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Footprints: Safety for rent

Footprints: Safety for rent

DO you have enemies? Are you being threatened and are afraid to leave home? Well, worry no more and march ahead, or rather drive ahead, without fear — on offer now are bulletproof and armoured cars.

No bullet or bomb can harm passengers travelling in these safe vehicles. From the outside, they may look as normal as any other luxury four-wheeler plying the roads. But from the inside, their roofs, floors, doors, windshields and windows are all reinforced to make them bulletproof and armoured. In fact, the armoured ones are a sort of double-cabin, one inside another, which makes them bomb-proof. The windows, which usually cannot be rolled down due to their thickness, feel like steel.

With the recent surge in targeted killings in the country, especially Karachi, several agencies providing security are now offering such cars for rent. However, “this is no rent-a-car service,” explains Captain Nadeem Khan, who works at one such company. “Only security companies are authorised to do this and even there, we don’t keep such cars ourselves. We only act as facilitators.”

Also read: FIA busts illegal ‘bulletproof’ workshop in Islamabad

“The vehicle is then arranged by us from the Pakistan Armoury,” adds his colleague, Waqas Khan. “Even though the cars are given out on rent, no rent-a-car service can do this kind of work as it is a complete package: car, driver and an escort vehicle with armed guards.”

Being extra heavy and almost twice the weight of a normal car, these cars require expert drivers. It is recommended that they not be driven in hilly areas. The escort vehicles, with guards, cover and protect passengers as they enter or exit the vehicle.

And it’s an expensive package. Renting a bulletproof or armoured car for 12 hours costs some Rs100,000. Travelling in such a vehicle is also an experience. Passengers can’t smoke, since the car is sealed. Even when the windows can be rolled down, it is by no more than four or so inches. Besides, rolling down a window would be for the passenger to expose himself to harm. There is no need to carry a weapon inside such a car as the passengers are safe, and ought not make it unsafe for others by having a weapon on board.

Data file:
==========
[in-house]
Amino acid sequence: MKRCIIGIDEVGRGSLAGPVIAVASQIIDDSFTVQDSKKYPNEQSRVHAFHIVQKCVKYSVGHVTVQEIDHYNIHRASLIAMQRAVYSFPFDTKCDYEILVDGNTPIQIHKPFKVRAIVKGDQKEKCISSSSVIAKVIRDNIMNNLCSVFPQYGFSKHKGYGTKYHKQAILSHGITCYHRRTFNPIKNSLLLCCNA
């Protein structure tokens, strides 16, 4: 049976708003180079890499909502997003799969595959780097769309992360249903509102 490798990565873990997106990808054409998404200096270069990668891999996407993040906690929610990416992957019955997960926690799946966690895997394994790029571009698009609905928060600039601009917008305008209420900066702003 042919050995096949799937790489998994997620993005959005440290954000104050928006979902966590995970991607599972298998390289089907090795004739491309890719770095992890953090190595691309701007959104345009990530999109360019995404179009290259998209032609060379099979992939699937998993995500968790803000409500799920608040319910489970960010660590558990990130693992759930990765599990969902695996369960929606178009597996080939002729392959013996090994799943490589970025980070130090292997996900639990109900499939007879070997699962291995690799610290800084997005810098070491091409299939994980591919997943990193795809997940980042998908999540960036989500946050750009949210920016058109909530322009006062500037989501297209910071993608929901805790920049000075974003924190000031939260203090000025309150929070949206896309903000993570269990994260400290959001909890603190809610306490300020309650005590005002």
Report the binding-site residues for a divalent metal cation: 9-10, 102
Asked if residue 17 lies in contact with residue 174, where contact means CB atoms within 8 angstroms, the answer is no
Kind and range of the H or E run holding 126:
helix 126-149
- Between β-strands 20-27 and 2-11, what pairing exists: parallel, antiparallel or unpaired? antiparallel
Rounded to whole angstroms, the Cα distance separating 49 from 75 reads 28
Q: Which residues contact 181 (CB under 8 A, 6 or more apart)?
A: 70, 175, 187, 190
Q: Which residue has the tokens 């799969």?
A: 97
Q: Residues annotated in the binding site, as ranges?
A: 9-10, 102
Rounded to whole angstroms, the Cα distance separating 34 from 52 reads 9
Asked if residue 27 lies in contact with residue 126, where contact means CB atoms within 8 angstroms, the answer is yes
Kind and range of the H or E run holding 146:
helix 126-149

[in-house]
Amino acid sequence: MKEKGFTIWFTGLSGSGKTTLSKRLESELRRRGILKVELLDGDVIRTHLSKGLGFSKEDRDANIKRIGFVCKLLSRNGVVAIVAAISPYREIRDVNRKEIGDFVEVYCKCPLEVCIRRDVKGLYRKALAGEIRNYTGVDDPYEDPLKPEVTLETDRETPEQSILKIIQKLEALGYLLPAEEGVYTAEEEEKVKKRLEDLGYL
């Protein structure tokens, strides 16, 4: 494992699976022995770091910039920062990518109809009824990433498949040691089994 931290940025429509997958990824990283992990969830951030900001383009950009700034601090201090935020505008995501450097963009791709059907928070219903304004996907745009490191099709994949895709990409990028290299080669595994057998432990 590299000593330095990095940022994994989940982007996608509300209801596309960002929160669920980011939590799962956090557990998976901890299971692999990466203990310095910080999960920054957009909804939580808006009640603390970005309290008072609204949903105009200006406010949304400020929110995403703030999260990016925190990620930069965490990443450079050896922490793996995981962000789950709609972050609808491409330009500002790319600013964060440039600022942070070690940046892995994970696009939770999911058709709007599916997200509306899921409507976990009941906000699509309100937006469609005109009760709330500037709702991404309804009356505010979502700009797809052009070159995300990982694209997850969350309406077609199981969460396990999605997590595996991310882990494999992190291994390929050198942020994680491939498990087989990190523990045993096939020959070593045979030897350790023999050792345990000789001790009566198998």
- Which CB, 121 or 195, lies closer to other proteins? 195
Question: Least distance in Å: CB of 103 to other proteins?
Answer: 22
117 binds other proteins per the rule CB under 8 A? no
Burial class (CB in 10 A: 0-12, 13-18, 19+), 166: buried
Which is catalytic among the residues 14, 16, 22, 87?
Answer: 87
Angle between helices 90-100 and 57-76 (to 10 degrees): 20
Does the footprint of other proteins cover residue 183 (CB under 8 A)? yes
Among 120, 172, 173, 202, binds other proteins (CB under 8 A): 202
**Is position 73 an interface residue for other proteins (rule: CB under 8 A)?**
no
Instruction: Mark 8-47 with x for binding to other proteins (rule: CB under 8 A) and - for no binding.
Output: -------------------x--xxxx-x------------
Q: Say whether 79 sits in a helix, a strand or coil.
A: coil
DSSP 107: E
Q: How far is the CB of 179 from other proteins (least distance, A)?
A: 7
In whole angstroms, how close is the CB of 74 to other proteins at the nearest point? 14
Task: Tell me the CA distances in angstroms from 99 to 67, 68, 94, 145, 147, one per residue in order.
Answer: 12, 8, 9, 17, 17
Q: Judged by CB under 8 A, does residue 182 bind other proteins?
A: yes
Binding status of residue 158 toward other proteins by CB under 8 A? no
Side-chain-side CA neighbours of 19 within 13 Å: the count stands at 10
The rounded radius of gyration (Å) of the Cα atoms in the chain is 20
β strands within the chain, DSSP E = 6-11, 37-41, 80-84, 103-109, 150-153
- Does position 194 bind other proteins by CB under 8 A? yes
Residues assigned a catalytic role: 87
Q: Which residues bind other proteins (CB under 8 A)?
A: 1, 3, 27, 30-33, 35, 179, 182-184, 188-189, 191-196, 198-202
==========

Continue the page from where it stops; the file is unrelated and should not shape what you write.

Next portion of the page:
Take a look: Karachi's elite go bombproof

These vehicles are expensive to maintain. Their suspension needs changing every now and then, along with new tyres and monthly service and maintenance to check for any other issues. Even after that, the car’s life is only five to six years. They are categorised by the level of protection they offer, such as B6 and B9. Even so, none of them is 100 per cent bulletproof as firing at the same spot several times can eventually lead to penetration.

The B9 cars that are also bomb-proof can be armoured here as well, though mostly they come from the UAE where they are custom-made. Then, carmakers such as Mercedes and Range Rover also manufacture them, usually selling them at double the cost of their normal models.

Due to this being an expensive service, such vehicles are usually owned or rented out by foreigners, senior petroleum company employees, or UN workers, etc. In Pakistan, such people aren’t enough in numbers to turn this into a thriving business. Asked if more terror attacks might make it a thriving business, Capt Nadeem shakes his head. “It will only pick up if everyone can afford it,” he smiles. “So everyone needs to get rich first.”

There is also no way of telling if the person renting out such a car is a criminal or terrorist himself. That’s where the government comes in. “The provincial home department issues special licences for the ownership of such vehicles,” explains Capt Nadeem. “Each bulletproof or armoured car requires a no-objection certificate from the provincial government. In order to prevent criminals or terrorists from laying their hands on such a car, these days these certificates are being reissued after careful review.”

Life and death are in God’s hands but it seems people can go to great lengths to keep themselves secure — as long as they have deep pockets.

Published in Dawn, June 9th, 2015

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